The Student Room Group

Optical and Geometric Isomeris

Q1: Draw the skeletal formula of a branched-chain aldehyde with molecular formula C5H10O that is optically active.

I know that the molecule has to have a chiral centre to be optically active and it has to have oxygen double-bonded to a carbon on the end to be an aldehyde. What I came up with was:
CH3CH(CH2CH3)CHO
I'm not sure if it's right or not but whatever the right answer is I cannot wrap my head around how to draw the skeletal formula for this.


Q2: Draw the E and Z forms of a structural isomer of C5H10O that shows both optical and geometric isomerism.

I don't even know where to begin with this question, other than the fact that there must be a C=C bond and a chiral centre.

Does anyone know how to do these questions?
Original post by Maci.
Q1: Draw the skeletal formula of a branched-chain aldehyde with molecular formula C5H10O that is optically active.

I know that the molecule has to have a chiral centre to be optically active and it has to have oxygen double-bonded to a carbon on the end to be an aldehyde. What I came up with was:
CH3CH(CH2CH3)CHO
I'm not sure if it's right or not but whatever the right answer is I cannot wrap my head around how to draw the skeletal formula for this.


Q2: Draw the E and Z forms of a structural isomer of C5H10O that shows both optical and geometric isomerism.

I don't even know where to begin with this question, other than the fact that there must be a C=C bond and a chiral centre.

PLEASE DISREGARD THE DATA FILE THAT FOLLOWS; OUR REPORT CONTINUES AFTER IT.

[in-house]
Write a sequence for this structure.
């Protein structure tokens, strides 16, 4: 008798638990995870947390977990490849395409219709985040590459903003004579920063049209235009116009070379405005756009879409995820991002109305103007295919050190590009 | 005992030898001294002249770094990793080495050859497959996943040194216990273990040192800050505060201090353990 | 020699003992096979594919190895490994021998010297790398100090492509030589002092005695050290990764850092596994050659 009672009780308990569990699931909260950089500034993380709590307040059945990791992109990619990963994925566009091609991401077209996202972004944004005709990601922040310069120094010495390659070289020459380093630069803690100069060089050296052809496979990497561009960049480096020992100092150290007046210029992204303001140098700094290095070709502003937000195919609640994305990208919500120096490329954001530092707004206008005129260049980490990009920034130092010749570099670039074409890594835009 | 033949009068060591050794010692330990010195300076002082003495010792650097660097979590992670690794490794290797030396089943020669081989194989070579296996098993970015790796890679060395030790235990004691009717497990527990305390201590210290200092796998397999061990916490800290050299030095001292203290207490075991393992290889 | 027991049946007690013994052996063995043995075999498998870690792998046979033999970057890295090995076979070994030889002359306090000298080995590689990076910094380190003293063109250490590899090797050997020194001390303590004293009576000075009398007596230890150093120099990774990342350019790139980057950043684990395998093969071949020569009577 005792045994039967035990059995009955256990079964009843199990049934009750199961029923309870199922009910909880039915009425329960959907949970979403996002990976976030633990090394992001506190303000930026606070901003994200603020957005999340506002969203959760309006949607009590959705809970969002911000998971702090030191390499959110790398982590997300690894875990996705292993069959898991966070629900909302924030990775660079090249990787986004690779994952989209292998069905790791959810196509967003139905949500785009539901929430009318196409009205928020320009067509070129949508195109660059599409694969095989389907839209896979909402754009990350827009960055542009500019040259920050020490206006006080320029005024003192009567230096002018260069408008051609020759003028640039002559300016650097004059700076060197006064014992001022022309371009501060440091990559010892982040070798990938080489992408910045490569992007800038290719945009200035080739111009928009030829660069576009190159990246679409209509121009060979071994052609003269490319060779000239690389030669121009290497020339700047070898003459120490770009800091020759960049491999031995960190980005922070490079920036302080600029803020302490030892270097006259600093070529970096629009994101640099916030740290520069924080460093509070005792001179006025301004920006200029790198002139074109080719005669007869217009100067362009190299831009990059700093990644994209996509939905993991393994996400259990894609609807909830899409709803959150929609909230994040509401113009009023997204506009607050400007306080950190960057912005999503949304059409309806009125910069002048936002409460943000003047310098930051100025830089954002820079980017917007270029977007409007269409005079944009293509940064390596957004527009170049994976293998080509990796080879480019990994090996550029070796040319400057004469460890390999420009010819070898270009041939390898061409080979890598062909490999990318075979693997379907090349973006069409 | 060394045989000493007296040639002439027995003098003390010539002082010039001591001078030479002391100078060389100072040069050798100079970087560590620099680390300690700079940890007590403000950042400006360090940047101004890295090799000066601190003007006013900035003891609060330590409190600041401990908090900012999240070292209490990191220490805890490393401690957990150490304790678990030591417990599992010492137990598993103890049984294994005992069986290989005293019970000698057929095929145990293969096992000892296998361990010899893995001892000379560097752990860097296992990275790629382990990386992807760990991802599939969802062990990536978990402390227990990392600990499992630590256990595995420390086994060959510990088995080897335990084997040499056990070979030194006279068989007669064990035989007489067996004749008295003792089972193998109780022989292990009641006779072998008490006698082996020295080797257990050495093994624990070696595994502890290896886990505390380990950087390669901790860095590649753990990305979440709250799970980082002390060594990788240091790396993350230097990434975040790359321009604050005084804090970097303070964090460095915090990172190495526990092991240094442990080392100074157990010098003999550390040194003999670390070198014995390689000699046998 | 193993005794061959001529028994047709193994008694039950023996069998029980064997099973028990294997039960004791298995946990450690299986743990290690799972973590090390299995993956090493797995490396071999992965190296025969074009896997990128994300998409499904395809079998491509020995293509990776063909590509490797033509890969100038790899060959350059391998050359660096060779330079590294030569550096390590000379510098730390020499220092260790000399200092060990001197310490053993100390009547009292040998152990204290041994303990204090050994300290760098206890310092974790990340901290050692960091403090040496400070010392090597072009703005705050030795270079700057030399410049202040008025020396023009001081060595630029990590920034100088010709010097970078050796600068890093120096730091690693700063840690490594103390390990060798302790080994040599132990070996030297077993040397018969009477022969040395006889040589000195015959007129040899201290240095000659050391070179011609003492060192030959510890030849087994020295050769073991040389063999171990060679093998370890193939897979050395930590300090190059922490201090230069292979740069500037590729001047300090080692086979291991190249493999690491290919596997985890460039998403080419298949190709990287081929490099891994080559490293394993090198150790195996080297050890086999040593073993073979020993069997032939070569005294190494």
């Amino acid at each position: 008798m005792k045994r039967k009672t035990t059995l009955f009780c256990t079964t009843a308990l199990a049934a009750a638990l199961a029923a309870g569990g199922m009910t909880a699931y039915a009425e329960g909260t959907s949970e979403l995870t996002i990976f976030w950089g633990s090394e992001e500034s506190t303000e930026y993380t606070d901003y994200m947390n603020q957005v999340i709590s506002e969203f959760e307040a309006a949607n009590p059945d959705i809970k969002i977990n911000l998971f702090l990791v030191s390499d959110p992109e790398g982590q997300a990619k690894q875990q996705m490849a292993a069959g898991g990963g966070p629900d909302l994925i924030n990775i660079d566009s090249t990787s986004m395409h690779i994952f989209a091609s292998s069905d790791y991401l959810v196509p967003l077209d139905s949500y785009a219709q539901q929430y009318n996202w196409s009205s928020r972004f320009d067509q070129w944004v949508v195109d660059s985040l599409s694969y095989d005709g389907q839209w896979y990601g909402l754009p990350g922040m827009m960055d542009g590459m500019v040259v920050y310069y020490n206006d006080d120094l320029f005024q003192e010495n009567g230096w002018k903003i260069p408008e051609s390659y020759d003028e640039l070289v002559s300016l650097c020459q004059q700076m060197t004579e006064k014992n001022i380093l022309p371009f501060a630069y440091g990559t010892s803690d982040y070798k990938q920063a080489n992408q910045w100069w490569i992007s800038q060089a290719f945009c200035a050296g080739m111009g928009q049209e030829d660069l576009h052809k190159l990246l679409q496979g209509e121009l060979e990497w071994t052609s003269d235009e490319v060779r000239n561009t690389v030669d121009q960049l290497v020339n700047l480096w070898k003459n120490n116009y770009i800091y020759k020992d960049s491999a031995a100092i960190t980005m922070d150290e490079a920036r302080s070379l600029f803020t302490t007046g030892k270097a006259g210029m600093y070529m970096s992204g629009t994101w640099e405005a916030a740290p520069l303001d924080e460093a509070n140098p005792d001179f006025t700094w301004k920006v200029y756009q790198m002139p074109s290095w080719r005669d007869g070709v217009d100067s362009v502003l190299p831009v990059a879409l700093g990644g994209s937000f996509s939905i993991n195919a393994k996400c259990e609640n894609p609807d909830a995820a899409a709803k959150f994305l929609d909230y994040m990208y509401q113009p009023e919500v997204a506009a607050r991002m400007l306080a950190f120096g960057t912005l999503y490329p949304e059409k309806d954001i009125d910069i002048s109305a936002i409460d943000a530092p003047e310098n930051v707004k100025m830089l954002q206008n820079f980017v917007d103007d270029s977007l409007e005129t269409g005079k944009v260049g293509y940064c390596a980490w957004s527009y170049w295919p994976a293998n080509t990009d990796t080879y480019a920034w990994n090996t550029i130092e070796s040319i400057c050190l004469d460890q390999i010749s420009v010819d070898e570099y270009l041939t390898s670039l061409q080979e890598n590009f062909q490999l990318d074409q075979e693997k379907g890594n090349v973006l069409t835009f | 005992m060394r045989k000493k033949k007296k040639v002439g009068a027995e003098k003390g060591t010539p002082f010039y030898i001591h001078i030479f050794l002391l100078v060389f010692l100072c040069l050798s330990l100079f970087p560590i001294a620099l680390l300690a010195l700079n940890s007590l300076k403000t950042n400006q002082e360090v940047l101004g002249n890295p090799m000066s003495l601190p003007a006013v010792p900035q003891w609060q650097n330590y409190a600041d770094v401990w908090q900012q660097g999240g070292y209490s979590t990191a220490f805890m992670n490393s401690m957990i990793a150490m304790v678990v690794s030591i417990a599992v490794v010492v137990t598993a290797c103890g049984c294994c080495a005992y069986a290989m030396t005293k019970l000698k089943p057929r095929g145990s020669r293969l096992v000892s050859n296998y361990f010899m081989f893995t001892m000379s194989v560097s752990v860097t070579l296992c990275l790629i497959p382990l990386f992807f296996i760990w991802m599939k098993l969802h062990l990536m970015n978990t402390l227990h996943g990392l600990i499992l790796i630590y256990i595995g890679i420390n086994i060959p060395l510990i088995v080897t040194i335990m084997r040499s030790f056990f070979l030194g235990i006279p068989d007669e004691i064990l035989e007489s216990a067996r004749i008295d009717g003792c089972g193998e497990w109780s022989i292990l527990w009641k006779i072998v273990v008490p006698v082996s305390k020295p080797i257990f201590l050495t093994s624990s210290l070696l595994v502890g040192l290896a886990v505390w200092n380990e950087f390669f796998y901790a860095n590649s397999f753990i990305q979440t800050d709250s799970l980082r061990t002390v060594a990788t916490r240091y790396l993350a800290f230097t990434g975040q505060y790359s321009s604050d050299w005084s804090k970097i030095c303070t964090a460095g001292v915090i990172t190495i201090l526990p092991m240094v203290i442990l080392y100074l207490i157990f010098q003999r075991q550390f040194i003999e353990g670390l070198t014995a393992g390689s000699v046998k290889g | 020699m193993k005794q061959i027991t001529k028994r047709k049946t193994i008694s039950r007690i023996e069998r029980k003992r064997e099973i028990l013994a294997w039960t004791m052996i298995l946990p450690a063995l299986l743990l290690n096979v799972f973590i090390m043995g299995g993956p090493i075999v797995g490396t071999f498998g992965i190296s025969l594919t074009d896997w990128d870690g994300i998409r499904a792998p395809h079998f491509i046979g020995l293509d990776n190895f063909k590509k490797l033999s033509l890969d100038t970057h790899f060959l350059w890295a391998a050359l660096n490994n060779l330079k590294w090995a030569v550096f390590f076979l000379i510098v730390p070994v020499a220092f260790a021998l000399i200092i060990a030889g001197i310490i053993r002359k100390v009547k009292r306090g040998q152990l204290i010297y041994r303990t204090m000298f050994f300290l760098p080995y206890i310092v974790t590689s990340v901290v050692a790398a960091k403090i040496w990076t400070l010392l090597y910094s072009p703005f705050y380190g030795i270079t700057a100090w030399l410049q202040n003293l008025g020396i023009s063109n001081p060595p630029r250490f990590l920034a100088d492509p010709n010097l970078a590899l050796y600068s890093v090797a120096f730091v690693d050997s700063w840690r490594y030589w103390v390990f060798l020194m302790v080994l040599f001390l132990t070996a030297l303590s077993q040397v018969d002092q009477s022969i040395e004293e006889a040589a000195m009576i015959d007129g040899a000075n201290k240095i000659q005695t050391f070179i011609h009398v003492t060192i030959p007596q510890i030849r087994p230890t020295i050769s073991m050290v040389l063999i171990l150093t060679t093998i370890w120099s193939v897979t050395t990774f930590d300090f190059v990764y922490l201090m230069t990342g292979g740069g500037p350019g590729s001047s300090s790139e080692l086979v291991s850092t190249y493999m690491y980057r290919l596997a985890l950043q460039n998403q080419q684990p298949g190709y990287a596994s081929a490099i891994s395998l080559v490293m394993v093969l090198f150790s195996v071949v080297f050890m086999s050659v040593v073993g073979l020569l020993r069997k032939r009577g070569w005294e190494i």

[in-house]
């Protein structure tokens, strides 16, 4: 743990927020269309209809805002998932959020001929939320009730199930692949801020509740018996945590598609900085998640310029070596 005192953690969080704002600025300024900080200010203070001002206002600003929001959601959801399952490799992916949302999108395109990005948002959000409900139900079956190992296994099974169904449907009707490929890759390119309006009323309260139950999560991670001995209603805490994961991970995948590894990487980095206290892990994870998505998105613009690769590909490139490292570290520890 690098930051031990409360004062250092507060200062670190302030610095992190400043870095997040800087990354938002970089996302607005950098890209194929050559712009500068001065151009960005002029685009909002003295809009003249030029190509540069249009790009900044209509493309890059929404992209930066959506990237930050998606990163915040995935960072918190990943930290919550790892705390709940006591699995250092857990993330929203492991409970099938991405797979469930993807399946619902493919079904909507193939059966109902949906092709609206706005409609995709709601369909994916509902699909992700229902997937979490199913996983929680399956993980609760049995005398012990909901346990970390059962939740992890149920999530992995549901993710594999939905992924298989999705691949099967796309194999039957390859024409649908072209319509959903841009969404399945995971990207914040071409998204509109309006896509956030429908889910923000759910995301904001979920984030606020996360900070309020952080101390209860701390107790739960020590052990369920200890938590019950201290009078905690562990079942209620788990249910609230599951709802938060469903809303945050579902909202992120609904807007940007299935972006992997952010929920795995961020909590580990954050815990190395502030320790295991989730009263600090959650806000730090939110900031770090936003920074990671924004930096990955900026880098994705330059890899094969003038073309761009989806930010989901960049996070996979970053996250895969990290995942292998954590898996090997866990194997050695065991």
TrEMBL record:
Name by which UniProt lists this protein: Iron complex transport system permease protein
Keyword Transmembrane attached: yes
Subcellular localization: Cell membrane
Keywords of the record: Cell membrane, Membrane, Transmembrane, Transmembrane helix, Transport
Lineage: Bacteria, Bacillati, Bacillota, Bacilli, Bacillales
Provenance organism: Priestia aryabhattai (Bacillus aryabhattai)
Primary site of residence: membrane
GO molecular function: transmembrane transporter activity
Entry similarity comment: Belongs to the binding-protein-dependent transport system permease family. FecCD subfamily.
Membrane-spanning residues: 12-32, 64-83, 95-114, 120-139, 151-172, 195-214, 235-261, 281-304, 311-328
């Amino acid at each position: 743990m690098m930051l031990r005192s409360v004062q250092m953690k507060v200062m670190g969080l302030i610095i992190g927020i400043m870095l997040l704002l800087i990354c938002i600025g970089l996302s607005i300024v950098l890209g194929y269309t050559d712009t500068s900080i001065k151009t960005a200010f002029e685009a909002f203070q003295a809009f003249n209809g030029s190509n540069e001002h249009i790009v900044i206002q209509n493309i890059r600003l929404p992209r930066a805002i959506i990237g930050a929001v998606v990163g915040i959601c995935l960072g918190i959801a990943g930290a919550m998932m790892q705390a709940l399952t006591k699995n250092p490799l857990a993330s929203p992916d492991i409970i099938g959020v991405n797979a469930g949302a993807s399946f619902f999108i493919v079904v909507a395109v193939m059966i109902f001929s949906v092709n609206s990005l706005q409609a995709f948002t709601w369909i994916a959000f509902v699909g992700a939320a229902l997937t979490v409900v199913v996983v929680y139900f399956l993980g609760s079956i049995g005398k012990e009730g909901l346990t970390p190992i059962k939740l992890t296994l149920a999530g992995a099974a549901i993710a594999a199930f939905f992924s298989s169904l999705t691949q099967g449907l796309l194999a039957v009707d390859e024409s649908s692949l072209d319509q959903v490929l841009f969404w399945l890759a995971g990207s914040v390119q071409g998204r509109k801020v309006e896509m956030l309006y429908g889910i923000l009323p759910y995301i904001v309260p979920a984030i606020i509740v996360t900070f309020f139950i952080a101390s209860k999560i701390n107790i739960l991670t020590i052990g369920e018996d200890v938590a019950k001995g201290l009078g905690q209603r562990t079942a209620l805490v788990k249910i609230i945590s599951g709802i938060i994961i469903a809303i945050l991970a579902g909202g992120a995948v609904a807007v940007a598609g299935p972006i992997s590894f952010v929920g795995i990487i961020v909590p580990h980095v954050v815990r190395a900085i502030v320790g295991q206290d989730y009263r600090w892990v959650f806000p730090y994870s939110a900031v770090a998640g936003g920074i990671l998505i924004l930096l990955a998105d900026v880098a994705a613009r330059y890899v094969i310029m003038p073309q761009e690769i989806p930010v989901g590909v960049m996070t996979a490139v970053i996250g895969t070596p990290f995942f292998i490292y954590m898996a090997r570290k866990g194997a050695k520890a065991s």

Does anyone know how to do these questions?

The first answer is correct.
For a skeletal formula you just show the carbon -carbon bonds and heteroatoms (not hydrogen)

methylbutanal.jpg
Original post by Maci.

Q2: Draw the E and Z forms of a structural isomer of C5H10O that shows both optical and geometric isomerism.

I don't even know where to begin with this question, other than the fact that there must be a C=C bond and a chiral centre.

Does anyone know how to do these questions?

There does not have to be a C=C bond, only a bond with restricted rotation. This also applies to alicyclic compounds

The IHD remains the same with 1 alicycle so there cannot be a C=O double bond.

optical_and_geometric.jpg

Both of the starred carbon atoms are optically active. Hence, there are 22 = 4 optical isomers.
The hydroxyl group and the methyl group can be either above or below the plane of the ring. This makes two different EZ isomers.
Reply 3
Original post by charco
The first answer is correct.
For a skeletal formula you just show the carbon -carbon bonds and heteroatoms (not hydrogen)

methylbutanal.jpg

Thank you : )

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